November 21, 2022 - Meeting Minutes

NOVEMBER 21, 2022
7:00 P.M.
Brewster Village Council met in regular session with Mayor Chuck Hawk presiding.
The meeting took place in the Brewster Community Room.
Council Members bowed their heads for the invocation provided by Clerk-Treasurer Kris King, followed by the Pledge of Allegiance to the flag.
Charles Hawk, Mayor
Dale Fox, Council Member                           David Godwin, Council Member               
Tom Hilliard, Council Member                       Brett Long, Council Member                      
Sydney Radich, Council Member                  Mike Schwab, Council Member                 
John Anthony, Solicitor                                  Michael L Miller, Village Administrator
Kris King, Clerk-Treasurer
Mayor Chuck Hawk asked if there were any additions or deletions to the November 7, 2022 Council meeting minutes. There were no additions or changes.
COUNCIL MEMBER FOXMOVED, SECONDED BY COUNCIL MEMBER RADICH and motion carried to approve the minutes as presented.  The vote: All yes.
COUNCIL MEMBER GODWIN MOVED, SECONDED BY COUNCIL MEMBER RADICH and motion carried to accept the bills in the amount of $ 345,853.77.  The vote:  All yes.
Sandra Shilling, Priscilla Cunningham, Tim Martin, Chief Nathan Taylor, Officer Aaron Keener, and Fire Chief Chris Colucy.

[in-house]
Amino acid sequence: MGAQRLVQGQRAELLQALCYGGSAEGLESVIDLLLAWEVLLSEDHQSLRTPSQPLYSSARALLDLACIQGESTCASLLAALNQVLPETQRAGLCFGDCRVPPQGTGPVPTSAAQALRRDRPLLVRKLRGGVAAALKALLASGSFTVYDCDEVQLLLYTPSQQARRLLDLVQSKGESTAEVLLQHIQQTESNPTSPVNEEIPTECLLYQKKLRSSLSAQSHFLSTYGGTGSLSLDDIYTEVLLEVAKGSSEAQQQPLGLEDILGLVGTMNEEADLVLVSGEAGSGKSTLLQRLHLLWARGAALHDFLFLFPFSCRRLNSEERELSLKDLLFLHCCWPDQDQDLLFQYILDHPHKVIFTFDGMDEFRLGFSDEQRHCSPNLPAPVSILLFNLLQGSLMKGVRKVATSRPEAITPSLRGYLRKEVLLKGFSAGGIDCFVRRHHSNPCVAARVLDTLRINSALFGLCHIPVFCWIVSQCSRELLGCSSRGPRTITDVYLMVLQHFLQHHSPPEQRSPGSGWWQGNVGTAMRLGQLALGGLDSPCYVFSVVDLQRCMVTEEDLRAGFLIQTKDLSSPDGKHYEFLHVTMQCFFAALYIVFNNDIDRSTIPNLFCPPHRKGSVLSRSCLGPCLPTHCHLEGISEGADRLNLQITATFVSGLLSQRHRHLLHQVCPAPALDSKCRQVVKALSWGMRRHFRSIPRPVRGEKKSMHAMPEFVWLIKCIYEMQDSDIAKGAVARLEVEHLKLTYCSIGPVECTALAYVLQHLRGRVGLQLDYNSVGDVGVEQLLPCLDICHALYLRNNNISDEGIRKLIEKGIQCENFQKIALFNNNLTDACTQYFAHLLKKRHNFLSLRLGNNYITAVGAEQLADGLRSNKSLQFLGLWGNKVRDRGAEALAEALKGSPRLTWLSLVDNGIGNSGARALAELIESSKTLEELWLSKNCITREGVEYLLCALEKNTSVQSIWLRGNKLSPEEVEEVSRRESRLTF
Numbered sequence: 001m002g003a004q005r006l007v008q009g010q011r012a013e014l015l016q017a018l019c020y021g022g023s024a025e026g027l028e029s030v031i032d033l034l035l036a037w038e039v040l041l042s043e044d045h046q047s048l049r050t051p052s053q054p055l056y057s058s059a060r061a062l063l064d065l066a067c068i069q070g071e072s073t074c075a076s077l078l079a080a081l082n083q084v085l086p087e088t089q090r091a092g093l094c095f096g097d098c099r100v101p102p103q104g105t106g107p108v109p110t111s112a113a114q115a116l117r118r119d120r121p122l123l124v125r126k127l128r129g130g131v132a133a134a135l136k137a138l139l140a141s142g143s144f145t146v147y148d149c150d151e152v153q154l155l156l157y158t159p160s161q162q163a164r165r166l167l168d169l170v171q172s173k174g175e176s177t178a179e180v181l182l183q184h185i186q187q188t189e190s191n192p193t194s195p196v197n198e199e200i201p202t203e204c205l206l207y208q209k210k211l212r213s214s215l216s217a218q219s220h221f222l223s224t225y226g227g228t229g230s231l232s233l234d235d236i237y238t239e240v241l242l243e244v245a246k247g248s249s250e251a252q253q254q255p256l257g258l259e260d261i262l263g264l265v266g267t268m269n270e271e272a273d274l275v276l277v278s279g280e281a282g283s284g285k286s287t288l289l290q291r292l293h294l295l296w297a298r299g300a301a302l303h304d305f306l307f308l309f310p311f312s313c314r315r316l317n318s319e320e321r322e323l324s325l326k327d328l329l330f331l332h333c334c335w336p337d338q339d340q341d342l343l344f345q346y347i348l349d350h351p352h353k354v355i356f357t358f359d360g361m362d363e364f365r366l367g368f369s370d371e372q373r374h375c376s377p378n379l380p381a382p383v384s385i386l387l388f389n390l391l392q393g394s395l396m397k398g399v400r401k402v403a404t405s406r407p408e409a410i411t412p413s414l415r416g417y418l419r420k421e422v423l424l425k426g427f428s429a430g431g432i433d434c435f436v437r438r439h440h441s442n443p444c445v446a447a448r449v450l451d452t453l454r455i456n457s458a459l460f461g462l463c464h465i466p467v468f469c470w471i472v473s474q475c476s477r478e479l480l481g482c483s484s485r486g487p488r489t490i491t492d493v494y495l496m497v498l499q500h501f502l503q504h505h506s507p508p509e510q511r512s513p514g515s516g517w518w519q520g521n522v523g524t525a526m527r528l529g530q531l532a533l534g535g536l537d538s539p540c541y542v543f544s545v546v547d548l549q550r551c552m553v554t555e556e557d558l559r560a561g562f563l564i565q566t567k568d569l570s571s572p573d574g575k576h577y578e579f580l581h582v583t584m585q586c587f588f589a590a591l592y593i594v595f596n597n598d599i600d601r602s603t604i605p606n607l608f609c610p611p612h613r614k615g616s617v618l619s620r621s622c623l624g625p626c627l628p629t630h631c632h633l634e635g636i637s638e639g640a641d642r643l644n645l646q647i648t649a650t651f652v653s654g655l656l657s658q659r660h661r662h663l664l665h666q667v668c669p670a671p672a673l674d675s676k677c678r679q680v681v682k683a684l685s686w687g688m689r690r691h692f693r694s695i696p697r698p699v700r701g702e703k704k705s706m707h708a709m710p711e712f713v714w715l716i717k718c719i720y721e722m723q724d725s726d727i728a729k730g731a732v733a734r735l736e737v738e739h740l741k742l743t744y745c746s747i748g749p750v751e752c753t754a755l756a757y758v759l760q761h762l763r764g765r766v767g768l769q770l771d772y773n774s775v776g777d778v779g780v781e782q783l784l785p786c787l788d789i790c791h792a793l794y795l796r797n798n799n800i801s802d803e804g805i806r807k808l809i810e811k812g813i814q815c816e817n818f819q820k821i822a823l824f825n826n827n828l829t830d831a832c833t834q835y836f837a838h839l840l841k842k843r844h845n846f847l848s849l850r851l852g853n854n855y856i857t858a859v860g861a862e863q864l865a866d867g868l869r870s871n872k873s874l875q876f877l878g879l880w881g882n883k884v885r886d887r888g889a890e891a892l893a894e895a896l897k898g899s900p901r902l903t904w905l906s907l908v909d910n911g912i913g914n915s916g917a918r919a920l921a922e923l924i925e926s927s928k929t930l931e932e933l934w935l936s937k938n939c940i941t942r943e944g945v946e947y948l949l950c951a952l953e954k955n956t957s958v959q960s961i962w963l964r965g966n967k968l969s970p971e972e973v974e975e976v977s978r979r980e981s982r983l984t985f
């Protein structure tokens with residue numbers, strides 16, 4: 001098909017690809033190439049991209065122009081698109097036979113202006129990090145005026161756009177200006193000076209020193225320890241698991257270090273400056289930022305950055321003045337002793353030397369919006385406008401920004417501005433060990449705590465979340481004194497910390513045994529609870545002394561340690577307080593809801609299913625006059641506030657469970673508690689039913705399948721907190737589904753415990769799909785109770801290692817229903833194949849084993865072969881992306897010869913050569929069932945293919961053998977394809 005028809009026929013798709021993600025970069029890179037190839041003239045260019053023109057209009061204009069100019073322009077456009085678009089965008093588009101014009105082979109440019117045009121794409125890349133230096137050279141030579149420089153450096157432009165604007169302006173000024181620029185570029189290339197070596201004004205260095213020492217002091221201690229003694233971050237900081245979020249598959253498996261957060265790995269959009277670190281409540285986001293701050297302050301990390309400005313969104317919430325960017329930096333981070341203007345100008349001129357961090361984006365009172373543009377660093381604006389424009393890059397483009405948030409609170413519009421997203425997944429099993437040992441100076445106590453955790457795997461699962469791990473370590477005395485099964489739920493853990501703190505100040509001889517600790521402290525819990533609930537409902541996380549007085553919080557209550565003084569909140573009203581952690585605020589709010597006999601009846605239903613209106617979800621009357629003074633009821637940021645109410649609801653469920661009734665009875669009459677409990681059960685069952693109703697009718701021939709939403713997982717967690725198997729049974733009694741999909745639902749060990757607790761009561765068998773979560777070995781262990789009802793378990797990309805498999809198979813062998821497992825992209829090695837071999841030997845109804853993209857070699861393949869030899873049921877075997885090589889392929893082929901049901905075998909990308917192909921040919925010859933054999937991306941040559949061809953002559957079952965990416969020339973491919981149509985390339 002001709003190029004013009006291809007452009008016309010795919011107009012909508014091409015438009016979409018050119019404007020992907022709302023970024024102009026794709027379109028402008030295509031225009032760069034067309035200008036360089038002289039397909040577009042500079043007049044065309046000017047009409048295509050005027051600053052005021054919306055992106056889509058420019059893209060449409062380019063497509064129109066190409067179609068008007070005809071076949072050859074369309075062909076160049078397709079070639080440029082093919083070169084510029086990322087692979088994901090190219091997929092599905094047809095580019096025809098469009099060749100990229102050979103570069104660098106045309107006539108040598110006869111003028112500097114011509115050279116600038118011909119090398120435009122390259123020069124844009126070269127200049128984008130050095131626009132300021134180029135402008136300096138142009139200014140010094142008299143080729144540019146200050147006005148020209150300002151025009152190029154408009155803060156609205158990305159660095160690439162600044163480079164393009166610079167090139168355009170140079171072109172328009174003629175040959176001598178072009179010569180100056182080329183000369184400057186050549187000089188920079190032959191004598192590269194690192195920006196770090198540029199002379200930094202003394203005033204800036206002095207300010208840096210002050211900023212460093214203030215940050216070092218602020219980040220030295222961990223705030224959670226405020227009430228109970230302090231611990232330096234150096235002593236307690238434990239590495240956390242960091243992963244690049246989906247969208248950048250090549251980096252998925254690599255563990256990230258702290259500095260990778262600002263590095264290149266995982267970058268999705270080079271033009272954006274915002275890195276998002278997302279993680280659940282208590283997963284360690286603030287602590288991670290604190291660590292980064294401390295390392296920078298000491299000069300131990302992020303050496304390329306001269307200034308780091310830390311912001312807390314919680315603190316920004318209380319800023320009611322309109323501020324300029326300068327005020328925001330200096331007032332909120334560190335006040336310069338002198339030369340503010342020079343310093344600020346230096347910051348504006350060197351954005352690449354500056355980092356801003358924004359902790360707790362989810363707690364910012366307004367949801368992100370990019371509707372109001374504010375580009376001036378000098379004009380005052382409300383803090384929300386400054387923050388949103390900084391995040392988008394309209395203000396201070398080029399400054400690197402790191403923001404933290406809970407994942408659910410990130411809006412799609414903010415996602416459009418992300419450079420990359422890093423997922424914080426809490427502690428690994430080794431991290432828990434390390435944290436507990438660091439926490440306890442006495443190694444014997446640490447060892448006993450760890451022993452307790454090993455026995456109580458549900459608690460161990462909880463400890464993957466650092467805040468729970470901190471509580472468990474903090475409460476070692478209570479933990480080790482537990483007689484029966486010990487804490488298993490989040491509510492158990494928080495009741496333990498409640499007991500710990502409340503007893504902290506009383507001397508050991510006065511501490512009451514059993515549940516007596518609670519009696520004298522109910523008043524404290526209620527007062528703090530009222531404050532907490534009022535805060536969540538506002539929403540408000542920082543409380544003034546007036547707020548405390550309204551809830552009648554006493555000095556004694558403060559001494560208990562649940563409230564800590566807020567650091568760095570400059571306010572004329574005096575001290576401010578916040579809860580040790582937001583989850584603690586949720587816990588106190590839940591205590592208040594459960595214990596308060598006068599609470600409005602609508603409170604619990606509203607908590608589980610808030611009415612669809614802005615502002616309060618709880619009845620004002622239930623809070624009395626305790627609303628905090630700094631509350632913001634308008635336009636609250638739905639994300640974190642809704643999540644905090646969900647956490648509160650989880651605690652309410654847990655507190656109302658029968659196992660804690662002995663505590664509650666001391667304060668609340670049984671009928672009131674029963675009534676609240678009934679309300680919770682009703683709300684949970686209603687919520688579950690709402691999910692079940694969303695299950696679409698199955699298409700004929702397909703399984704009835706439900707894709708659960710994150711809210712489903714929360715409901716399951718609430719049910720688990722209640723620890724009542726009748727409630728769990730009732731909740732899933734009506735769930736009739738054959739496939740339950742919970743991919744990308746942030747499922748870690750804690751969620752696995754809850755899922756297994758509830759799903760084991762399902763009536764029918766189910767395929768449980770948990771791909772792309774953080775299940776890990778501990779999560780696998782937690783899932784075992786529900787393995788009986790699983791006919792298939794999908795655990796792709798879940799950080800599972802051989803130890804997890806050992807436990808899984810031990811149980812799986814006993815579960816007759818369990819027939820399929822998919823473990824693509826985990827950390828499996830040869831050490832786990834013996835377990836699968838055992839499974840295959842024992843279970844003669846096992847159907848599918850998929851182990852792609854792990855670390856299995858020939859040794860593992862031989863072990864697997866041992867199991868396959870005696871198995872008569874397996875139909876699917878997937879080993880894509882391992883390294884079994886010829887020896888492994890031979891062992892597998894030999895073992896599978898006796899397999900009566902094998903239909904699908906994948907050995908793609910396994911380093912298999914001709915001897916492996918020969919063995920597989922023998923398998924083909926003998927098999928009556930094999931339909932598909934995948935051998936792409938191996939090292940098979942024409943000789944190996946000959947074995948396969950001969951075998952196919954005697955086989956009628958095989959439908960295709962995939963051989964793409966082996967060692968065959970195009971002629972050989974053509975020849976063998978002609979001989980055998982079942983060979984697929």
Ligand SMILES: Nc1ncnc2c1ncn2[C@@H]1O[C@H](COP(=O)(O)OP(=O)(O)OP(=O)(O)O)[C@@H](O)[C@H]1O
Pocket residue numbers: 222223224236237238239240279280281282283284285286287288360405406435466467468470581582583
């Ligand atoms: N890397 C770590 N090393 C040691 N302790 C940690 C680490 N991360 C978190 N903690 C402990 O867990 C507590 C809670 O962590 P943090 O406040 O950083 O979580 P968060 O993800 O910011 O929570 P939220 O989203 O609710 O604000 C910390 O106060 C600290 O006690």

Tim Martin of 5760 Manchester Ave, Lawrence Township is a member of the Gathering Place Church and attended to give his opinion of the parking changes in front of the church.  He stated 78 feet of no parking doesn’t serve any purpose.  Mr. Martin stated individuals need to take responsibility for their own driving.  He stated that if an individual is going to get in an accident, its better to happen at that location at 25-35 MPH than somewhere else at 55 MPH.
Sandra Shilling, 424 Grosswood Ave, Massillon, requested that when it comes time to vote on the no parking signs, the Council Member that lives on that street abstain from voting.  She feels it is a conflict of interest.
Priscilla Cunningham, 404 3rd Ave., Beach City, is also a member of the Gathering Place Church.  She stated that nothing has changed for 50 years.  She stated it is silly to say they would park in front of their own turnaround.  The 2-hour limit on parking also means parking out front for a wedding would be a violation because by the time you have a ceremony, go downstairs for the reception, etc. it would be more than two-hours.  Ms. Cunningham is asking that the sign be moved past the turnaround.
There were no guests.
CONSIDERATION OF ORDINANCES:  Titles of each read by Solicitor John Anthony. 
ORDINANCE 57-2022: An Ordinance to Authorize the Execution of an Efficiency Smart Schedule with American Municipal Power Inc.